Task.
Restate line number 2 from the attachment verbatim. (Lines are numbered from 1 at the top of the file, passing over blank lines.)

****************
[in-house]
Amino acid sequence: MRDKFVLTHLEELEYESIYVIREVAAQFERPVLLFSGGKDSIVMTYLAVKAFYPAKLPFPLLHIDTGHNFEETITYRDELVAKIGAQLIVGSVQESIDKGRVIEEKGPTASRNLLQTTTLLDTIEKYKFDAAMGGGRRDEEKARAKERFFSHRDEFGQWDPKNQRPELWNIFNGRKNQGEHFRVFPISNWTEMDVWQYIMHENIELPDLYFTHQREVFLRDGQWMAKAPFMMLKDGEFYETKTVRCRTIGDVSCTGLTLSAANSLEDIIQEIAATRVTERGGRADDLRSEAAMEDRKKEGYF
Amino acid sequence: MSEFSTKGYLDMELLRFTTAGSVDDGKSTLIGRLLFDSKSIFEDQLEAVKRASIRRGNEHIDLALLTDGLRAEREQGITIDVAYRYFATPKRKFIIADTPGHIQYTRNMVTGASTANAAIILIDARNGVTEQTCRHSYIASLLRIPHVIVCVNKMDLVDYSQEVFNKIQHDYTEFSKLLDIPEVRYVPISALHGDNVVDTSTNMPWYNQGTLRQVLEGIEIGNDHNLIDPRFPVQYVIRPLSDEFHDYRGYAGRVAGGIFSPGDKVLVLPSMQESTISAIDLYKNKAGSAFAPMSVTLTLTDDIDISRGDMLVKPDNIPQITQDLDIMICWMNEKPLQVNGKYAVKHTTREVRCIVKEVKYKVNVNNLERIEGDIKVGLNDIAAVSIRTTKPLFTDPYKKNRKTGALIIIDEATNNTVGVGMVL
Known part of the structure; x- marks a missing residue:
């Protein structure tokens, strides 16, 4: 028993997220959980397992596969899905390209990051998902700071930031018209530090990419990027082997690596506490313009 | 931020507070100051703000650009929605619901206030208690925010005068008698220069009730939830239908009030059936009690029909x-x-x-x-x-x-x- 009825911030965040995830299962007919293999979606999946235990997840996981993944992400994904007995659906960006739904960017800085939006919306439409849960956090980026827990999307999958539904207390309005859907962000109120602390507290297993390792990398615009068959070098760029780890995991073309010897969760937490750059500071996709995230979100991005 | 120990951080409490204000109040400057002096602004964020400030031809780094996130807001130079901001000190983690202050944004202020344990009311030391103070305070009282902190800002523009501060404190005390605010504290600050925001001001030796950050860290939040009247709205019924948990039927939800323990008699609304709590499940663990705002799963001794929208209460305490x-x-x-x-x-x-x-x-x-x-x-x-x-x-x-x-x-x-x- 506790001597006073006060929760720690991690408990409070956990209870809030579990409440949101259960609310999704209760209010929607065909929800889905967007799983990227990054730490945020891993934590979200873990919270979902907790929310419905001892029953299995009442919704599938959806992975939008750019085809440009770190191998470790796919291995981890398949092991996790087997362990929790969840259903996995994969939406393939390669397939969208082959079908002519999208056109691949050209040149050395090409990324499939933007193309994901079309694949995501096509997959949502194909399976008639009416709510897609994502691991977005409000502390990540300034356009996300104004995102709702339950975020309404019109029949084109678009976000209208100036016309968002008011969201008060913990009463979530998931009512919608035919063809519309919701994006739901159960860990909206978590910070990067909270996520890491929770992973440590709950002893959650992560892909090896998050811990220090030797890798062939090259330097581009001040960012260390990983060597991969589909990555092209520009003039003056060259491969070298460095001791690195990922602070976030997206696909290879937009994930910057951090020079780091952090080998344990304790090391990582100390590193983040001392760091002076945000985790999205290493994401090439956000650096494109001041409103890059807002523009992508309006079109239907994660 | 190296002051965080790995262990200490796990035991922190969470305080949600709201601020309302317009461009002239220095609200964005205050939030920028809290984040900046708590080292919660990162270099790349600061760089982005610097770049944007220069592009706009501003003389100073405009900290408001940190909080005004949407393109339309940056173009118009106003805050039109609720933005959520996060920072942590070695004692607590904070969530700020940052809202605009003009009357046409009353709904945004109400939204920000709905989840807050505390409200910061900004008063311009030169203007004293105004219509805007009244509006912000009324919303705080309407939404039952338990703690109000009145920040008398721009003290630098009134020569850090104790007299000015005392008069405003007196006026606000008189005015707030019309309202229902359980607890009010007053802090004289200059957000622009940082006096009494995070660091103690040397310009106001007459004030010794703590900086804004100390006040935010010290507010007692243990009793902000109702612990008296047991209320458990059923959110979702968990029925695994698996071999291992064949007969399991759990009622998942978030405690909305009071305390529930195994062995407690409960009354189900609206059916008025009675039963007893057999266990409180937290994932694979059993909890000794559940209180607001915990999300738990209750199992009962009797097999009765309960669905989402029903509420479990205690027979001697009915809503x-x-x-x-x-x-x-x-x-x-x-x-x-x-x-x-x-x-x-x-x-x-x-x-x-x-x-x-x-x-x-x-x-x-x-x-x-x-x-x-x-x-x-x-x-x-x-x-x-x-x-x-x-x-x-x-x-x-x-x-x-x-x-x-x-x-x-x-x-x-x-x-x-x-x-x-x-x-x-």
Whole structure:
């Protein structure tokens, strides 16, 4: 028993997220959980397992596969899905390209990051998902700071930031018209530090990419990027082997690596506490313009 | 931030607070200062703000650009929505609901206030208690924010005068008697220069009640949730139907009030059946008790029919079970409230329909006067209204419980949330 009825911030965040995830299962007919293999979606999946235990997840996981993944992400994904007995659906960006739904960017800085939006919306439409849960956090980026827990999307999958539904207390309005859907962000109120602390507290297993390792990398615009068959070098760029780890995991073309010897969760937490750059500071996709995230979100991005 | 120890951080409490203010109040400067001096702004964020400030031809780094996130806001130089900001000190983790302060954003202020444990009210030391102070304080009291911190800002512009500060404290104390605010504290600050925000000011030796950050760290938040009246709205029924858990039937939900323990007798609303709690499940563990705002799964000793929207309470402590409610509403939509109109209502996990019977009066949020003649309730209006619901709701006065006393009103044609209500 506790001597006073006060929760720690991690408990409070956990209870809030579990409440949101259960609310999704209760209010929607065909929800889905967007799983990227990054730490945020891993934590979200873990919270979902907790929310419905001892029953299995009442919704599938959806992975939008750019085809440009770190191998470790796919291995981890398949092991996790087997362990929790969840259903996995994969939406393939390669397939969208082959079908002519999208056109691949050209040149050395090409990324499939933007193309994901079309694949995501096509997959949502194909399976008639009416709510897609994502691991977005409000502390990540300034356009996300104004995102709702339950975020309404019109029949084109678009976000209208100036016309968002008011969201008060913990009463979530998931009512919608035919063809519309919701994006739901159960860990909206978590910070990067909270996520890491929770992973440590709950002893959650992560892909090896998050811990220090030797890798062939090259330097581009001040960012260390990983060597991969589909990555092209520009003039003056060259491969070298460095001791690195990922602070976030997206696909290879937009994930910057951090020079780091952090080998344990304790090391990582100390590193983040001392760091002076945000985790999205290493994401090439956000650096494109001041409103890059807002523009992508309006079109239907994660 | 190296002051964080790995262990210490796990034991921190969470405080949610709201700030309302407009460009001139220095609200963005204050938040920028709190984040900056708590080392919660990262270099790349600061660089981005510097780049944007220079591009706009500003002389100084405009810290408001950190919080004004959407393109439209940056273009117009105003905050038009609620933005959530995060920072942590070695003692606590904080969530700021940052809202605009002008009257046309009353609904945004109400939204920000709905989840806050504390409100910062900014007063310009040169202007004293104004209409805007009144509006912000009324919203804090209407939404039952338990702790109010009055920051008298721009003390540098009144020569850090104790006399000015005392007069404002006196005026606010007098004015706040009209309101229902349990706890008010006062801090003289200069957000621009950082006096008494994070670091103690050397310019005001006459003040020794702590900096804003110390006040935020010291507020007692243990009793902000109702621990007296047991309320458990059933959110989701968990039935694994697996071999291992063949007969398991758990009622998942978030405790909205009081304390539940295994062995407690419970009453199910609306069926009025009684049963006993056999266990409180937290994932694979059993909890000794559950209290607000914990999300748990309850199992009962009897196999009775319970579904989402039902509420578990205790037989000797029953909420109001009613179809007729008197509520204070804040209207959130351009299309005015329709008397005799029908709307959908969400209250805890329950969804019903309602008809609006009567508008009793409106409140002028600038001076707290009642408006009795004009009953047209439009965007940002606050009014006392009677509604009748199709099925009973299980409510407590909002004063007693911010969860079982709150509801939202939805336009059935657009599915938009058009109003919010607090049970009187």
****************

Amino acid sequence: MRDKFVLTHLEELEYESIYVIREVAAQFERPVLLFSGGKDSIVMTYLAVKAFYPAKLPFPLLHIDTGHNFEETITYRDELVAKIGAQLIVGSVQESIDKGRVIEEKGPTASRNLLQTTTLLDTIEKYKFDAAMGGGRRDEEKARAKERFFSHRDEFGQWDPKNQRPELWNIFNGRKNQGEHFRVFPISNWTEMDVWQYIMHENIELPDLYFTHQREVFLRDGQWMAKAPFMMLKDGEFYETKTVRCRTIGDVSCTGLTLSAANSLEDIIQEIAATRVTERGGRADDLRSEAAMEDRKKEGYF